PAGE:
A new study funded in part by the National MS Society shows for the first time that blocking a segment of fibrinogen a protein essential for blood clotting reduces inflammation and symptoms in mice with an MS-like disease, apparently without interfering with normal blood clotting. Society grantee Katerina Akassoglou, PhD, and postdoctoral fellow Ryan A. Adams, PhD, and colleagues report their findings in The Journal of Experimental Medicine (2007 Mar 19;204(3):571-82).
Multiple sclerosis occurs when the immune system attacks the brain and spinal cord, damaging the myelin that insulates and protects nerve fibers. Brain cells known as “microglia” participate in this attack and are activated when the blood brain barrier (BBB) the lining of cells that should protect the brain from intruders breaks down. As the BBB breaks down, a blood protein called “fibrinogen” leaks into the brain. In addition to its known role in blood clotting, evidence is growing that fibrinogen also participates in the immune response that goes awry in MS. Dr. Akassoglou’s team has uncovered evidence that fibrinogen directly activates microglia, and has developed a method of inhibiting fibrinogen in mice without compromising its clotting capabilities.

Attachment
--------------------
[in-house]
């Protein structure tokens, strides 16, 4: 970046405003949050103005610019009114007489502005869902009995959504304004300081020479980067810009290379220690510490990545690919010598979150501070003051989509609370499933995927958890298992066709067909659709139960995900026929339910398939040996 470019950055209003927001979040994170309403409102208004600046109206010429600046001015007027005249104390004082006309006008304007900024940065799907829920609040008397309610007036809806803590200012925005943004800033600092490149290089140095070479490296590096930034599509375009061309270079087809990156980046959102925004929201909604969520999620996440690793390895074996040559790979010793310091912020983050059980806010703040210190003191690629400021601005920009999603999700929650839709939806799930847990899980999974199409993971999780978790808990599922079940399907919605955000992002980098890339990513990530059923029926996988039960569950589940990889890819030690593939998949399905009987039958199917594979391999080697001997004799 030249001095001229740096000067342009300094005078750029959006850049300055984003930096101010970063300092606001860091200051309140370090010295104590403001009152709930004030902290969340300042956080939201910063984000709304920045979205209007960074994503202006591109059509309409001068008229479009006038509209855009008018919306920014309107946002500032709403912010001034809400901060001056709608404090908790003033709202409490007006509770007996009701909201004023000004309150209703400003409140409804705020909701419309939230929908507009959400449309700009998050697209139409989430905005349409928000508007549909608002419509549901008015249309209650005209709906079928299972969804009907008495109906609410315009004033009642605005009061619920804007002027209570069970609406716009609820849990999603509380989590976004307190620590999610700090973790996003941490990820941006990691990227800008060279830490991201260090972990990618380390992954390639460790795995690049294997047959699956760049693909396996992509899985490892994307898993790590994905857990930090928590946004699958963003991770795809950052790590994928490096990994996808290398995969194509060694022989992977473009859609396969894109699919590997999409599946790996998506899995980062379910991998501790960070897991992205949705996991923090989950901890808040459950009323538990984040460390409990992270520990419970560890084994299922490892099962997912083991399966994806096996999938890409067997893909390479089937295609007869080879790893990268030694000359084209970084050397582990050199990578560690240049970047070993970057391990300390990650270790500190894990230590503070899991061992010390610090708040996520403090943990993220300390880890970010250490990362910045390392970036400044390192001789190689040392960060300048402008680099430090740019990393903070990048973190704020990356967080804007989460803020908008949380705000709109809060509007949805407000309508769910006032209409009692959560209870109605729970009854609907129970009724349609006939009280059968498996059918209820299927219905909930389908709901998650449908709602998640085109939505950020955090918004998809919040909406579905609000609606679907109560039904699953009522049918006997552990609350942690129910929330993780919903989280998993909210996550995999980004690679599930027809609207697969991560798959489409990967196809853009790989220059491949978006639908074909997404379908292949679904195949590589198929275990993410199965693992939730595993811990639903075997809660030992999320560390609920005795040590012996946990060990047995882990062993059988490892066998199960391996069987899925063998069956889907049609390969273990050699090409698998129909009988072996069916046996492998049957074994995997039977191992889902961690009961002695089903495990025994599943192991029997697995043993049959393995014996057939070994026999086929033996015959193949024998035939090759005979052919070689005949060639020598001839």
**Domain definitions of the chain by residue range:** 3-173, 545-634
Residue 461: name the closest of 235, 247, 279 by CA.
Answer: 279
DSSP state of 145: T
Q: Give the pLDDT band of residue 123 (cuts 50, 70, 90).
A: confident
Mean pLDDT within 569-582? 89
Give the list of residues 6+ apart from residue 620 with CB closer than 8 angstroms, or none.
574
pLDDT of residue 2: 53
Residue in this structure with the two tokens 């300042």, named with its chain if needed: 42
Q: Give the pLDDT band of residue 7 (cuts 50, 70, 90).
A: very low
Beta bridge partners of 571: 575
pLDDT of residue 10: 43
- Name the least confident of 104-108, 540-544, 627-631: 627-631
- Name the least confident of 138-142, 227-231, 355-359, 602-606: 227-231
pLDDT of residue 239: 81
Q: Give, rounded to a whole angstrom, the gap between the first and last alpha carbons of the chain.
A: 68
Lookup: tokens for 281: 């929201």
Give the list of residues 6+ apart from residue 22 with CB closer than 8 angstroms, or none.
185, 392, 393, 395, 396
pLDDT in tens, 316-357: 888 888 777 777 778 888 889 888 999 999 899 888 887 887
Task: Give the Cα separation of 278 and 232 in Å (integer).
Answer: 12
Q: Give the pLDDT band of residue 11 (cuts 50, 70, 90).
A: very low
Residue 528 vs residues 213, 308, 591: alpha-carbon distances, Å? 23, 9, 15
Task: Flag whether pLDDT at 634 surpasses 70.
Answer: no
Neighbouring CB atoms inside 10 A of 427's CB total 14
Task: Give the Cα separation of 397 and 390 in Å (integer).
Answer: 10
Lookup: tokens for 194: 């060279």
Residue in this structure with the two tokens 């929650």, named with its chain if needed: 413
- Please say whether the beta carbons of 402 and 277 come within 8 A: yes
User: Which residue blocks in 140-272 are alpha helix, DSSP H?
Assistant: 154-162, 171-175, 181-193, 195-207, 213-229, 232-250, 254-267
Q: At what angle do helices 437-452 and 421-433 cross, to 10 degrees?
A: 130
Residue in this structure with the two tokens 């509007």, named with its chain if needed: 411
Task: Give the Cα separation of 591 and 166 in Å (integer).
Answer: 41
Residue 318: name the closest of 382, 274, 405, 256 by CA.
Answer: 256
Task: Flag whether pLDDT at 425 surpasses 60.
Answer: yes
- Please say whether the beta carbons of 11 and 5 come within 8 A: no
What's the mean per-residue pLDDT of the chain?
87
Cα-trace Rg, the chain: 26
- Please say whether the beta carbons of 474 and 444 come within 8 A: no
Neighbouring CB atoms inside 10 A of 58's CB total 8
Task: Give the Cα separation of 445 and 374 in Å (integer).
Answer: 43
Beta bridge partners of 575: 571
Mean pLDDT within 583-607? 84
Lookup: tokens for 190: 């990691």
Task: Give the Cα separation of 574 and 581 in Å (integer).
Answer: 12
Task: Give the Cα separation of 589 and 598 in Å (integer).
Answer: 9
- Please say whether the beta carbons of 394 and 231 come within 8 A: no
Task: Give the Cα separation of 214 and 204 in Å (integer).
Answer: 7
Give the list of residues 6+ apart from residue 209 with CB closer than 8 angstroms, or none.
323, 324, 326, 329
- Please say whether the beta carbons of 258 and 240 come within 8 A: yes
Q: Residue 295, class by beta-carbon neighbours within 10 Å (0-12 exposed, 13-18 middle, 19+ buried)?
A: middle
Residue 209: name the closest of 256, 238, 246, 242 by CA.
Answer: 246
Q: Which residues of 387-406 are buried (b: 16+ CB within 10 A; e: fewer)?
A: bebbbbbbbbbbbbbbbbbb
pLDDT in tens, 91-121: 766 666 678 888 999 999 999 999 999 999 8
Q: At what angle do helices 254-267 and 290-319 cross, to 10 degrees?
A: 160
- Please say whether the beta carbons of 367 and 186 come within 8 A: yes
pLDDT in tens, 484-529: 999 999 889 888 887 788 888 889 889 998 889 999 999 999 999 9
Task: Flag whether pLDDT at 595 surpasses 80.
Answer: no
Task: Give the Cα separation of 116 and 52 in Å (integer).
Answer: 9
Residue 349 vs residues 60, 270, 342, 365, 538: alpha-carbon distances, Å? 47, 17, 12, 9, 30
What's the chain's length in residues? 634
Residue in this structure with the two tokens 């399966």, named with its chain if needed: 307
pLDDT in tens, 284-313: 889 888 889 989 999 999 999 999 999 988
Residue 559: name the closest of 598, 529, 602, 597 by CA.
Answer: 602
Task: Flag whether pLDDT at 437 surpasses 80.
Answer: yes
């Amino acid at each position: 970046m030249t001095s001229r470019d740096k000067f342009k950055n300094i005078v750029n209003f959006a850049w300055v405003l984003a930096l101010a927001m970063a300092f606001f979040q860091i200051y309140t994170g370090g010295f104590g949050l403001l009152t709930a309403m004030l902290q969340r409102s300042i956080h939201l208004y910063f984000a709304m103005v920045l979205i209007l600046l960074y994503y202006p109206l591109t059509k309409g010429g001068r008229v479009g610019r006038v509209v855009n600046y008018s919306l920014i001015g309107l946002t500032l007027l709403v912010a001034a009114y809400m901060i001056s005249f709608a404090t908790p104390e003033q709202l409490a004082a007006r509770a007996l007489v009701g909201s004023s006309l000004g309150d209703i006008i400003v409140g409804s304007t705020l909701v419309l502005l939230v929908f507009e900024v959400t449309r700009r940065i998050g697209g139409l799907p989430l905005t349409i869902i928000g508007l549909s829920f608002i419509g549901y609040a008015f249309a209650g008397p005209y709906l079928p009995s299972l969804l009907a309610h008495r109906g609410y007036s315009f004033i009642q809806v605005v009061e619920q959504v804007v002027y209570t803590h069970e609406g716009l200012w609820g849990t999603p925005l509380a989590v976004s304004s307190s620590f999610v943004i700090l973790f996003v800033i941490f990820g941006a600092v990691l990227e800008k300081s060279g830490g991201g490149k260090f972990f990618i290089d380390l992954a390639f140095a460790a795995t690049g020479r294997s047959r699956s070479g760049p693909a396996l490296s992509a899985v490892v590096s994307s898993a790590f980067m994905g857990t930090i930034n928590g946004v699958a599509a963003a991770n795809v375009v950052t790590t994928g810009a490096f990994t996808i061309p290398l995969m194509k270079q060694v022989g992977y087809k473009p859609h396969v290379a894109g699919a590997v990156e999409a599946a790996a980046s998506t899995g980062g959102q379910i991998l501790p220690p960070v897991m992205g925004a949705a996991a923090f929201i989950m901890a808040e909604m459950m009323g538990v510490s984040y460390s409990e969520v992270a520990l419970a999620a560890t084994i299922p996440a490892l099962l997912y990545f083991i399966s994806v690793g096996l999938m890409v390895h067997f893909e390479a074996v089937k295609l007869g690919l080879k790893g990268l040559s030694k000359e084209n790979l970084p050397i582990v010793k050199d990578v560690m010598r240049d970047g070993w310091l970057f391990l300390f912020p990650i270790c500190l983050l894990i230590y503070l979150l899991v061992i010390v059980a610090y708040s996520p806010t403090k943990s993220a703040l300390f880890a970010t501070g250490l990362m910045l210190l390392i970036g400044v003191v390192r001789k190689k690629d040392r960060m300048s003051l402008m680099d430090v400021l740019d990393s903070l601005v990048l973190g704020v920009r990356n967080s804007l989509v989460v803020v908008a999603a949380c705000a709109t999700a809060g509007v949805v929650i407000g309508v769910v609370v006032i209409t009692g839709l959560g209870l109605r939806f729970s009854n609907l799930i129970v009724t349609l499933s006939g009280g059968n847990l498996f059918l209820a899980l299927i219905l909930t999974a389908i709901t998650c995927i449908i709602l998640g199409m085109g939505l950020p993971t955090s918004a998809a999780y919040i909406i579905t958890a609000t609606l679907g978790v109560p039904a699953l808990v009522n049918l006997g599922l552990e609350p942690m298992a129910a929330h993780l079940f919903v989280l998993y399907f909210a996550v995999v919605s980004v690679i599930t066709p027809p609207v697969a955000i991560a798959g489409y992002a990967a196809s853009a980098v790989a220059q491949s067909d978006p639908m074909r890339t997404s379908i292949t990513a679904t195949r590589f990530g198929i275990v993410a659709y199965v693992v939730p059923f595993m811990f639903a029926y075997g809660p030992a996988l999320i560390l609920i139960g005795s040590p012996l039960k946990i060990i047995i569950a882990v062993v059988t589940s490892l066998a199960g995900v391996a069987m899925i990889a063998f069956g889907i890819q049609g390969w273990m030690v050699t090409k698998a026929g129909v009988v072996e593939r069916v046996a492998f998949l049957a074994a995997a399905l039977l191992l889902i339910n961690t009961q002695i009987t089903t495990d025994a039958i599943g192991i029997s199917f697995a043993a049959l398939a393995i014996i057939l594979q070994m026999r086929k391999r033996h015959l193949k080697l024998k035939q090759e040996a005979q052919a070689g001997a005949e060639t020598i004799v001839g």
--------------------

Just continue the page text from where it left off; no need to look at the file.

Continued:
The researchers first administered fibrinogen to microglia isolated in lab dishes and found that the protein activated the cells in dramatic fashion. This activation specifically occurred through “Mac-1,” a docking site on microglia. Fibrinogen surrounded activated microglia both in mice with the MS-like disease EAE, and in brain tissue from people with MS obtained via autopsy.
Dr. Akassoglou’s team genetically engineered mice in which fibrinogen and Mac-1 did not interact, and found that inducing EAE in these mice resulted in less myelin damage and less severe disease. They then administered a small fragment of fibrinogen which blocks binding of normal fibrinogen to Mac-1 to mice with an MS-like disease after the first attack of paralysis. This form of fibrinogen does not block the protein’s interaction with blood platelets, and so would not interfere with clotting. Compared with untreated mice, activation of microglia decreased, myelin damage diminished dramatically, and the treated mice recovered faster and did not experience further relapses.
This study highlights the potential of a novel strategy for inhibiting the immune attack in MS and improving symptoms. Further study is necessary to confirm these findings and to build the information base needed to translate them into a potential treatment strategy in people with MS.
-- Research & Clinical Programs